Retrospect and Prospect: Some Thoughts on Writing South Carolina History in the South Carolina Historical Magazine

By Weir, Robert M. | South Carolina Historical Magazine, April 2000 | Go to article overview

Retrospect and Prospect: Some Thoughts on Writing South Carolina History in the South Carolina Historical Magazine


Weir, Robert M., South Carolina Historical Magazine


WERE IT NOT THAT INNOVATION BEGETS INNOVATION, WE might be justified in calling ours the age of innovation, but tomorrow and tomorrow and tomorrow will probably have successively greater claims to the title. Still, we clearly-and doubtless correctly-see ourselves rushing into a future where change is the chief constant. Paying enormous prices for stock in high-tech companies that have yet to make a profit may therefore not be entirely irrational, and naming an award offered by the American Historical Association to encourage scholarly publishing on the Internet the Gutenberg-e Prize seems appropriate, for the results of the present revolution in communications may well equal those that followed the introduction of printing.

Does this pell-mell pursuit of the future leave history in the dust? Some individuals might answer yes, but persuasive evidence suggests quite the contrary. Take, for example, the current controversy over the Confederate Battle Flag and whether it should continue to fly atop the South Carolina State House. That whole debate hinges on the relevance of history and its meaning to different groups. History as a discipline is also showing extraordinary vitality, not only in the quantity but also in the scope and quality of much that is being written. That this should be true when technology and change command so much attention strikes one as something of a paradox. But historians are, after all, students of change, and their workshop is, to paraphrase an apt description, "the only laboratory we have in which to test the consequences of thought..."1 Moreover, modern technology itself has given historians new tools with which to do their work. The computer, in particular, allows us to control, manipulate, and analyze mountains of data that would have defied us in the past. Investigating previously inaccessible subjects has therefore become possible, and the field has become notably more inclusive in the last thirty years or so. These developments bode well for the future of history as a discipline and for our society-meaning both the South Carolina Historical Society and the larger community of which it is a part-as it turns to the past for a sense of its own identity.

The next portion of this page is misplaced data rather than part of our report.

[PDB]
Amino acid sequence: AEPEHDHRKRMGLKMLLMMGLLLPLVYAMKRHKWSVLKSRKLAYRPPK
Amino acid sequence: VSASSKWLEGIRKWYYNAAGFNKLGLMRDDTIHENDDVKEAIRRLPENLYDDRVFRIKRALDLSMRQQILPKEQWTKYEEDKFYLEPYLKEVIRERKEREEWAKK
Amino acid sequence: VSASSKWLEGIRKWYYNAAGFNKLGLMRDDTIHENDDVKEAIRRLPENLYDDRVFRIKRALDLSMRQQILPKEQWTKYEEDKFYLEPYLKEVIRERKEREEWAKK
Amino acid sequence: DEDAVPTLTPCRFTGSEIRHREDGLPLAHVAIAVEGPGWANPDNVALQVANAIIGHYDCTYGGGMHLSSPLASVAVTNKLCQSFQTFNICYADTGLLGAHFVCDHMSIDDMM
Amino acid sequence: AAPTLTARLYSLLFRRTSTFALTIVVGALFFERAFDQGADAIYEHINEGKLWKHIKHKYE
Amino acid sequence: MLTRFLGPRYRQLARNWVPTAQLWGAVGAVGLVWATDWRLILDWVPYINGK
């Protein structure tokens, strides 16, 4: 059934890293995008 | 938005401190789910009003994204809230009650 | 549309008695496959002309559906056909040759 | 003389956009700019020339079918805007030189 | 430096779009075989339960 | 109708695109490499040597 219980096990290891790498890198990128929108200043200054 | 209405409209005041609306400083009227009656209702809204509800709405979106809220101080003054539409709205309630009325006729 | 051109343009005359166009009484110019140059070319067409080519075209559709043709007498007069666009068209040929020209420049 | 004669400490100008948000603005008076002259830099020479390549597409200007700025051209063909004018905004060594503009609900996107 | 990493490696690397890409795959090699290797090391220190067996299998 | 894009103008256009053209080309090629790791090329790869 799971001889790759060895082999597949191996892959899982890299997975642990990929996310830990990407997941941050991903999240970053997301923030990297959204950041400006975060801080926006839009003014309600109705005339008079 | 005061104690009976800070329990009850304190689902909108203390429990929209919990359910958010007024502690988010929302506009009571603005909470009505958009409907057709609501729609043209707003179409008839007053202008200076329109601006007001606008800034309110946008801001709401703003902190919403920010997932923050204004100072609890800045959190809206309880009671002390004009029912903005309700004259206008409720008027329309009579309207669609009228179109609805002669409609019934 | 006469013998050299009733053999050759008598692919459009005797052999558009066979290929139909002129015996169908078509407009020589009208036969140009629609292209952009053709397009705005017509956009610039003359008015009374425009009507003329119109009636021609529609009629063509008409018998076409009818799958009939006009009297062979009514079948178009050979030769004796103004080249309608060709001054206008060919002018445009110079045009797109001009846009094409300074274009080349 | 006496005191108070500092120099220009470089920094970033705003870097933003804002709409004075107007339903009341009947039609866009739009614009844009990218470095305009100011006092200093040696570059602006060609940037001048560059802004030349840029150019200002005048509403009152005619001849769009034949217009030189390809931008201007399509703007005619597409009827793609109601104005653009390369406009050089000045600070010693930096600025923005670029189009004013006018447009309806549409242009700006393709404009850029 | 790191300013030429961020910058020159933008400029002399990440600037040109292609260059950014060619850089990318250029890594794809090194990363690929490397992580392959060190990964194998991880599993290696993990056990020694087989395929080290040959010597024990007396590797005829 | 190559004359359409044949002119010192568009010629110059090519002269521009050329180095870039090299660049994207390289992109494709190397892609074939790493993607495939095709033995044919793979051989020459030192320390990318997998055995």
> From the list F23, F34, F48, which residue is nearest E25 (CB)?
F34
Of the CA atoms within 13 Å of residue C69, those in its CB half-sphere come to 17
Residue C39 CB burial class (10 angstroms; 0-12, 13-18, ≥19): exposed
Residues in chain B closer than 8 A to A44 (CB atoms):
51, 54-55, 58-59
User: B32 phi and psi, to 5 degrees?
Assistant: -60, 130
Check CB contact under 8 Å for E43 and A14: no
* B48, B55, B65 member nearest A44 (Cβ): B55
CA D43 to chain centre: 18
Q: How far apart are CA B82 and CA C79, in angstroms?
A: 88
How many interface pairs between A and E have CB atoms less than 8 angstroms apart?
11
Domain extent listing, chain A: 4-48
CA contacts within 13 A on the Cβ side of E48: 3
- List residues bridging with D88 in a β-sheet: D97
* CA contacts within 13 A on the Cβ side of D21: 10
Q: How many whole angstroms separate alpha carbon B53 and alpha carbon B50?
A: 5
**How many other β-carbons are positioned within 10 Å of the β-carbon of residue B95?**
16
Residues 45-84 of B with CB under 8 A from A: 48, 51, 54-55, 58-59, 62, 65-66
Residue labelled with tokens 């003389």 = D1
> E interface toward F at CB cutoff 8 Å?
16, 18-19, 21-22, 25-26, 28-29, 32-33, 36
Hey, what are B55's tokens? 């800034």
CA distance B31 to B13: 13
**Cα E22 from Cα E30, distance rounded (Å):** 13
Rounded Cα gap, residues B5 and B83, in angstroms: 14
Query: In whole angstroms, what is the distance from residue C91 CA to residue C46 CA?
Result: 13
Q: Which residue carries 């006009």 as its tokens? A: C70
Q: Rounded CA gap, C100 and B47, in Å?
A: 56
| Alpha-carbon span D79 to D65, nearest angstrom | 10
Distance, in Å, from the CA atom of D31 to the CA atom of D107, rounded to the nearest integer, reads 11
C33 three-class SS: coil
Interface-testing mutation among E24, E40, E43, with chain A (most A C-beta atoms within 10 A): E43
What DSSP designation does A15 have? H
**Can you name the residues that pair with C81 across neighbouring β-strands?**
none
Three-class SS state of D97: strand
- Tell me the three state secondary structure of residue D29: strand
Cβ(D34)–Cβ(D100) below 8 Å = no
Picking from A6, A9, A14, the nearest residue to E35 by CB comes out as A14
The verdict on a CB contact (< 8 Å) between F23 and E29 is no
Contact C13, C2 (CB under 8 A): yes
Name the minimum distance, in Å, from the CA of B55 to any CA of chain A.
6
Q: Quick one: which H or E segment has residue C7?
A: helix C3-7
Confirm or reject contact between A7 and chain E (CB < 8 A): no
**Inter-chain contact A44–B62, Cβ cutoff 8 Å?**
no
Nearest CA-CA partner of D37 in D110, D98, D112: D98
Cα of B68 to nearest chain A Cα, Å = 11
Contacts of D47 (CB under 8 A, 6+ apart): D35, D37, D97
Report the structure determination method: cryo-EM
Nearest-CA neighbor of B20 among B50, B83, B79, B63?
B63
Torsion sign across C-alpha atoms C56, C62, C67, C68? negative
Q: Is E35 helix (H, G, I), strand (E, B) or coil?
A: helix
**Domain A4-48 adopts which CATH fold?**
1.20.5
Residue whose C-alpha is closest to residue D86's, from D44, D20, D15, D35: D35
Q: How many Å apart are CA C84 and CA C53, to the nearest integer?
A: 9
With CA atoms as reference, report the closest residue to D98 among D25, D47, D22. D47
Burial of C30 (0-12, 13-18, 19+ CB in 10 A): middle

Considerations such as these suggested that it might be useful to shift the focus of my assignment a bit, while the difficulty of choosing the three most significant articles that have appeared in the Magazine during the first one hundred years of publication produced considerable motivation to reinterpret the task. Enough well researched, gracefully written, and substantial contributions crowd these pages that picking a small handful of the most significant becomes what could be euphemistically called a real challenge. My own favorites include a primary document, "Colonel Robert Gray's Observations on the War in Carolina'" which remains good history by a thoughtful loyalist who participated in the Revolution on the losing side, and C. Robert Haywood, "Mercantilism and South Carolina Agriculture, 1700-1763," which historians have cited frequently enough to make it part of the standard literature about South Carolina?2 And there are many more items deserving of at least honorable mention.

To resolve the resulting dilemma, I narrowed the definition of "significant" and imposed some arbitrary limits on the field under consideration. Colonial and Revolutionary subjects took precedence because much of the writing in the Magazine has dealt with them, and I feel most comfortable in assessing scholarship in the area of my specialization. All else being equal, I also decided to opt for older items as a way of calling attention to work published before 1954 when modern computerized data bases, such as American History and Life, began making literature searches much easier. Finally, I decided to construe "significant" as meaning not only important per se but also in some way innovative.

These criteria yielded four choices. …

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